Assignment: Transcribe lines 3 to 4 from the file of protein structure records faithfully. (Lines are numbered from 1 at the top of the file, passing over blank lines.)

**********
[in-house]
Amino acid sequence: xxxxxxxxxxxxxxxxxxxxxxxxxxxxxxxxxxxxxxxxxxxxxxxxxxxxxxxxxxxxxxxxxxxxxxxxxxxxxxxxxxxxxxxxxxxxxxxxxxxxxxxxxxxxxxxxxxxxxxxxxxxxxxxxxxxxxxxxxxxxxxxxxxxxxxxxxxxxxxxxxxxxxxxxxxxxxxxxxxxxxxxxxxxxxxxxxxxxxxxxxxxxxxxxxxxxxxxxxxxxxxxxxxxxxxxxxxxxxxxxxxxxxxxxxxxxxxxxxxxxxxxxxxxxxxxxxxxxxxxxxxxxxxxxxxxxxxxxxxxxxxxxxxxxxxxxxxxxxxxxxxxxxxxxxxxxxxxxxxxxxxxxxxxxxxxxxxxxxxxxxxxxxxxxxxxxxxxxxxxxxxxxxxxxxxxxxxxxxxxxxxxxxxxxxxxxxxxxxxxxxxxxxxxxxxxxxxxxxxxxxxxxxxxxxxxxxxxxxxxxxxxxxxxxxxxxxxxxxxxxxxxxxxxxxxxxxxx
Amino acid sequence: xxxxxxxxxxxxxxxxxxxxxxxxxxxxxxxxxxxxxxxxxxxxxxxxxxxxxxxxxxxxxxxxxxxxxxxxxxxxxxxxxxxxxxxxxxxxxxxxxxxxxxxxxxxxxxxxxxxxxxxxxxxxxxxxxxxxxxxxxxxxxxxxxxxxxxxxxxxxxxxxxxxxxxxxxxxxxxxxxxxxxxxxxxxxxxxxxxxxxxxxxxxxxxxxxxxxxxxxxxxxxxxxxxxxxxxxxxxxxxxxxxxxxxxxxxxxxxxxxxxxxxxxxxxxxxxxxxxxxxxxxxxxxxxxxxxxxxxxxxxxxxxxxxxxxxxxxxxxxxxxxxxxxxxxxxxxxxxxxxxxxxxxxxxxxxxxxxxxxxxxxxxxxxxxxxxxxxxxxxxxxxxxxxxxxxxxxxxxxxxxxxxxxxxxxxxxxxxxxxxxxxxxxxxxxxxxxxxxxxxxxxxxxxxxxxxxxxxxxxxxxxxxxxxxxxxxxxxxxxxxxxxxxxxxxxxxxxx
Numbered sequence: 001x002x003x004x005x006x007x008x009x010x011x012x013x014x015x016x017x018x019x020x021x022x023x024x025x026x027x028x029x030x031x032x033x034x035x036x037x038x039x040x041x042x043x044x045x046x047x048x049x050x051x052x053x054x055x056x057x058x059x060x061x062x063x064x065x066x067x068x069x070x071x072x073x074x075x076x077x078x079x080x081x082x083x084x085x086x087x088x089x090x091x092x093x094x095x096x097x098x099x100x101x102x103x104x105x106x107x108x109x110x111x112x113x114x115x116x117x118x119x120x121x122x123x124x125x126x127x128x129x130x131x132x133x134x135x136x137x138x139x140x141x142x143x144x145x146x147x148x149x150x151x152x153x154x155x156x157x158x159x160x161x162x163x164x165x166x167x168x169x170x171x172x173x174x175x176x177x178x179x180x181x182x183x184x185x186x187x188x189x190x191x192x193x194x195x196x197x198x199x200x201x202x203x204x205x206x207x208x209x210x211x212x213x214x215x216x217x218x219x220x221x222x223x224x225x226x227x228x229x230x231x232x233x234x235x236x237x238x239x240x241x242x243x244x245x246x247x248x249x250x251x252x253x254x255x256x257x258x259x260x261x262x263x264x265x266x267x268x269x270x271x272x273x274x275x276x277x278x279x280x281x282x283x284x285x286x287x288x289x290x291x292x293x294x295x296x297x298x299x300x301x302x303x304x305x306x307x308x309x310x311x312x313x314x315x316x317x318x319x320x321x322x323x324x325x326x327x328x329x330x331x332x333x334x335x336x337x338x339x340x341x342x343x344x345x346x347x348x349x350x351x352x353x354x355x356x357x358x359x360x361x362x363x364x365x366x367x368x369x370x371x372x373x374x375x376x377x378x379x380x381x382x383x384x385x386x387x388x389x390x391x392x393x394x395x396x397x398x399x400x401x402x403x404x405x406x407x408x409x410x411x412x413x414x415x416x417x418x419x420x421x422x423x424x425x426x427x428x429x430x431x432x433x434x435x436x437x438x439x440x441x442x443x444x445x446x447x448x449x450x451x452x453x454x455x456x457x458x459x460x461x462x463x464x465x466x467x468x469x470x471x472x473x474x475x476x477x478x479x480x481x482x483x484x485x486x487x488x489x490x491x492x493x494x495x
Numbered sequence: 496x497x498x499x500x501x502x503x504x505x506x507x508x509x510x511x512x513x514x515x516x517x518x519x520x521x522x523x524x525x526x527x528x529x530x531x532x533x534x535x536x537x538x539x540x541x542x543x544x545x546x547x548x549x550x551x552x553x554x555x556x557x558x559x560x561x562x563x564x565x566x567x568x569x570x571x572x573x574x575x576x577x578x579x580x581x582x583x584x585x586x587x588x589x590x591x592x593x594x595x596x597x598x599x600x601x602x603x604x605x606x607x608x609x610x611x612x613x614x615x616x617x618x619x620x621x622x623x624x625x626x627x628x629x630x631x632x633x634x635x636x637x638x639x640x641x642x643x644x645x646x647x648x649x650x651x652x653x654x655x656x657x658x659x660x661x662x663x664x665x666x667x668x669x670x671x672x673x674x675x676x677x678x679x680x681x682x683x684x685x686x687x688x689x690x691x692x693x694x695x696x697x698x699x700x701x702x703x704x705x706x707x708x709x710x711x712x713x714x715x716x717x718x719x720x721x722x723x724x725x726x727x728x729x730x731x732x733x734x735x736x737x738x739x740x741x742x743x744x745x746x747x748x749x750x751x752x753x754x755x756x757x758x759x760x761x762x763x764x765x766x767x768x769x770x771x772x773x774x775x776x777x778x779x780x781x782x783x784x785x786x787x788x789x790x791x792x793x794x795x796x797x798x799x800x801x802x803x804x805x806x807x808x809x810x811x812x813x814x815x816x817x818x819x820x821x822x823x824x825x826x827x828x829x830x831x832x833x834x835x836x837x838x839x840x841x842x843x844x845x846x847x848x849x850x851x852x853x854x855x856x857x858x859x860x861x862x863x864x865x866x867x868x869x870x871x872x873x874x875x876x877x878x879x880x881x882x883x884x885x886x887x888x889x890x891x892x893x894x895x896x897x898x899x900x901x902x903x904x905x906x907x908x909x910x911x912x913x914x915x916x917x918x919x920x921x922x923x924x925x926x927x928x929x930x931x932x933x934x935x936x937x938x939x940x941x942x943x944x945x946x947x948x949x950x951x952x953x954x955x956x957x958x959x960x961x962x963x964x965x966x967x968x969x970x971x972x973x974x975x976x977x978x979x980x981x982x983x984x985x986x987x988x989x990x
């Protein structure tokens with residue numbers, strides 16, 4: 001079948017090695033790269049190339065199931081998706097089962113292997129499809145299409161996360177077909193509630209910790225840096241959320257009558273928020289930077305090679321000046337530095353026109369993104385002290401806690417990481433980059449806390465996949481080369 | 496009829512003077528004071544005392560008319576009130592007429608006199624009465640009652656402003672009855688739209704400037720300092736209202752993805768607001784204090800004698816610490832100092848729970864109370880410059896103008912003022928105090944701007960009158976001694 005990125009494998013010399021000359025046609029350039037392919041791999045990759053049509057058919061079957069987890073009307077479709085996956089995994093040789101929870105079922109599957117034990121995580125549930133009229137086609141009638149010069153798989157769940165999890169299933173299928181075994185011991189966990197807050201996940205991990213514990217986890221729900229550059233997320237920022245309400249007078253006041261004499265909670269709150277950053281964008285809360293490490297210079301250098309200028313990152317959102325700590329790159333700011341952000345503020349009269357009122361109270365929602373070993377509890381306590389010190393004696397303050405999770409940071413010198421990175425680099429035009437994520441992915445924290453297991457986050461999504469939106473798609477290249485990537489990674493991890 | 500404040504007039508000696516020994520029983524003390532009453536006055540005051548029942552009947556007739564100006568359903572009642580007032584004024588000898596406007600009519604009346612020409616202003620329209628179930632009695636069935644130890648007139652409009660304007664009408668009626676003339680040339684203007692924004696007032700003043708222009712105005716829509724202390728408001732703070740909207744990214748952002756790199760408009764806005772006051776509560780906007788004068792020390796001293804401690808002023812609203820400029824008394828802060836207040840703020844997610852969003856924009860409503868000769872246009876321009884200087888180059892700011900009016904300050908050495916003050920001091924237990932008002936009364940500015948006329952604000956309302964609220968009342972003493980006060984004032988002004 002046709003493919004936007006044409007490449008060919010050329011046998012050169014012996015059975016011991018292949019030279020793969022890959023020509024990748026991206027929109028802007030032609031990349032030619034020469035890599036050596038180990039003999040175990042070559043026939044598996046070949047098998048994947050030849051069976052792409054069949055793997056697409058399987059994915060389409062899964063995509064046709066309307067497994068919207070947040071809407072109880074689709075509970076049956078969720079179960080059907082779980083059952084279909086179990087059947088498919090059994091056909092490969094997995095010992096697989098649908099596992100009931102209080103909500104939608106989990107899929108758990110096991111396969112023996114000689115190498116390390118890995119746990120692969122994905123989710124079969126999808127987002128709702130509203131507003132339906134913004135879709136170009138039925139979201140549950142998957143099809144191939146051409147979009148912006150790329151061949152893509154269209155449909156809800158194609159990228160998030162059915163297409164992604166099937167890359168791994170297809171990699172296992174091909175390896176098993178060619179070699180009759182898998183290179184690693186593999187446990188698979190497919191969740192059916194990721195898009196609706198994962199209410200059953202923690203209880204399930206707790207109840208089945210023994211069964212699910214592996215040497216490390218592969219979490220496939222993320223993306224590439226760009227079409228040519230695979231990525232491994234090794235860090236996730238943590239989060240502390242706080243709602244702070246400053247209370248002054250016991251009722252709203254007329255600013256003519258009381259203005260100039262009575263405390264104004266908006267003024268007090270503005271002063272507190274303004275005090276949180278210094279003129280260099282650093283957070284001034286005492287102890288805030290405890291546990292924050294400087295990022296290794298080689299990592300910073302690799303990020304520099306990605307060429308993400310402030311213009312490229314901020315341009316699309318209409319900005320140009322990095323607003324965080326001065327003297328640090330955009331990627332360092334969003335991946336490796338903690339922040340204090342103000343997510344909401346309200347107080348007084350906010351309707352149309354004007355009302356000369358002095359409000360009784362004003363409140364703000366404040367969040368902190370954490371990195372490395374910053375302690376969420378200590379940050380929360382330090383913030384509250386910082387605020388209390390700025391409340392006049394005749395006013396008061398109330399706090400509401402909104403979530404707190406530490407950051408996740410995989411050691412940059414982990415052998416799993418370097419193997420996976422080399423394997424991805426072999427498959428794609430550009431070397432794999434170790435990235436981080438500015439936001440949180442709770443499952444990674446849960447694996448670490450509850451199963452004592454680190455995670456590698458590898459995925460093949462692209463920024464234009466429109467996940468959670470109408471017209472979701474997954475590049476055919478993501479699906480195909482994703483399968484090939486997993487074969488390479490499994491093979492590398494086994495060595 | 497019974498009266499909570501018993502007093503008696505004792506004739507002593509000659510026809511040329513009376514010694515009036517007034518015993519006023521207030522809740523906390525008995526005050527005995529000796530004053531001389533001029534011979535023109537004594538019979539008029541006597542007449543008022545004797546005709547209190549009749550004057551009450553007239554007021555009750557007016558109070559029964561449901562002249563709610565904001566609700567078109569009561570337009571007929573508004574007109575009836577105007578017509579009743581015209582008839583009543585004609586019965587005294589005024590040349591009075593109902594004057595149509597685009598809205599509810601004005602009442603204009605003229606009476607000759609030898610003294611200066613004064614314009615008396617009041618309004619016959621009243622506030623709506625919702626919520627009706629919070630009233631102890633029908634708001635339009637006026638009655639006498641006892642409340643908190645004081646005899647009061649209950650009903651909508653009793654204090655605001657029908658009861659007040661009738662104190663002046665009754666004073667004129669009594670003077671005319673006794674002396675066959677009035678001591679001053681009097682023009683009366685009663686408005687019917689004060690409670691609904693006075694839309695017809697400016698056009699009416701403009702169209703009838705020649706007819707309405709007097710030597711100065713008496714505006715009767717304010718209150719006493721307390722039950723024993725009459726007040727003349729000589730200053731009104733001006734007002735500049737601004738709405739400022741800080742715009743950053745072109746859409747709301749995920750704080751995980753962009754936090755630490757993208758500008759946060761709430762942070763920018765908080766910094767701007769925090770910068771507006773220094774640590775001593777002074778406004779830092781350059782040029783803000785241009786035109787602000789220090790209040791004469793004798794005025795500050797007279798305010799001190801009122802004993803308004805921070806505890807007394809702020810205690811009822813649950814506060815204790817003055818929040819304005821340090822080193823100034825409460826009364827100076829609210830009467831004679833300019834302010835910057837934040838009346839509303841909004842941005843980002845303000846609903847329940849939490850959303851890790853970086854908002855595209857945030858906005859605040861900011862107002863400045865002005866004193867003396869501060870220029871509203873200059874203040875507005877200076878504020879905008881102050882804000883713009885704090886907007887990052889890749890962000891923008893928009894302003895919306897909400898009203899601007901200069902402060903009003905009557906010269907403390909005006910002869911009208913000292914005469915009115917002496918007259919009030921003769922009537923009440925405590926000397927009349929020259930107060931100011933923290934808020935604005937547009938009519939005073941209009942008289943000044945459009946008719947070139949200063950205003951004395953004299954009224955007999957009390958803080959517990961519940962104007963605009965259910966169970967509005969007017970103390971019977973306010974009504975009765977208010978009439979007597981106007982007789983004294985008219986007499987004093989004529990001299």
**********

Amino acid sequence: xxxxxxxxxxxxxxxxxxxxxxxxxxxxxxxxxxxxxxxxxxxxxxxxxxxxxxxxxxxxxxxxxxxxxxxxxxxxxxxxxxxxxxxxxxxxxxxxxxxxxxxxxxxxxxxxxxxxxxxxxxxxxxxxxxxxxxxxxxxxxxxxxxxxxxxxxxxxxxxxxxxxxxxxxxxxxxxxxxxxxxxxxxxxxxxxxxxxxxxxxxxxxxxxxxxxxxxxxxxxxxxxxxxxxxxxxxxxxxxxxxxxxxxxxxxxxxxxxxxxxxxxxxxxxxxxxxxxxxxxxxxxxxxxxxxxxxxxxxxxxxxxxxxxxxxxxxxxxxxxxxxxxxxxxxxxxxxxxxxxxxxxxxxxxxxxxxxxxxxxxxxxxxxxxxxxxxxxxxxxxxxxxxxxxxxxxxxxxxxxxxxxxxxxxxxxxxxxxxxxxxxxxxxxxxxxxxxxxxxxxxxxxxxxxxxxxxxxxxxxxxxxxxxxxxxxxxxxxxxxxxxxxxxxxxxxxxx
Numbered sequence: 001x002x003x004x005x006x007x008x009x010x011x012x013x014x015x016x017x018x019x020x021x022x023x024x025x026x027x028x029x030x031x032x033x034x035x036x037x038x039x040x041x042x043x044x045x046x047x048x049x050x051x052x053x054x055x056x057x058x059x060x061x062x063x064x065x066x067x068x069x070x071x072x073x074x075x076x077x078x079x080x081x082x083x084x085x086x087x088x089x090x091x092x093x094x095x096x097x098x099x100x101x102x103x104x105x106x107x108x109x110x111x112x113x114x115x116x117x118x119x120x121x122x123x124x125x126x127x128x129x130x131x132x133x134x135x136x137x138x139x140x141x142x143x144x145x146x147x148x149x150x151x152x153x154x155x156x157x158x159x160x161x162x163x164x165x166x167x168x169x170x171x172x173x174x175x176x177x178x179x180x181x182x183x184x185x186x187x188x189x190x191x192x193x194x195x196x197x198x199x200x201x202x203x204x205x206x207x208x209x210x211x212x213x214x215x216x217x218x219x220x221x222x223x224x225x226x227x228x229x230x231x232x233x234x235x236x237x238x239x240x241x242x243x244x245x246x247x248x249x250x251x252x253x254x255x256x257x258x259x260x261x262x263x264x265x266x267x268x269x270x271x272x273x274x275x276x277x278x279x280x281x282x283x284x285x286x287x288x289x290x291x292x293x294x295x296x297x298x299x300x301x302x303x304x305x306x307x308x309x310x311x312x313x314x315x316x317x318x319x320x321x322x323x324x325x326x327x328x329x330x331x332x333x334x335x336x337x338x339x340x341x342x343x344x345x346x347x348x349x350x351x352x353x354x355x356x357x358x359x360x361x362x363x364x365x366x367x368x369x370x371x372x373x374x375x376x377x378x379x380x381x382x383x384x385x386x387x388x389x390x391x392x393x394x395x396x397x398x399x400x401x402x403x404x405x406x407x408x409x410x411x412x413x414x415x416x417x418x419x420x421x422x423x424x425x426x427x428x429x430x431x432x433x434x435x436x437x438x439x440x441x442x443x444x445x446x447x448x449x450x451x452x453x454x455x456x457x458x459x460x461x462x463x464x465x466x467x468x469x470x471x472x473x474x475x476x477x478x479x480x481x482x483x484x485x486x487x488x489x490x491x492x493x494x495x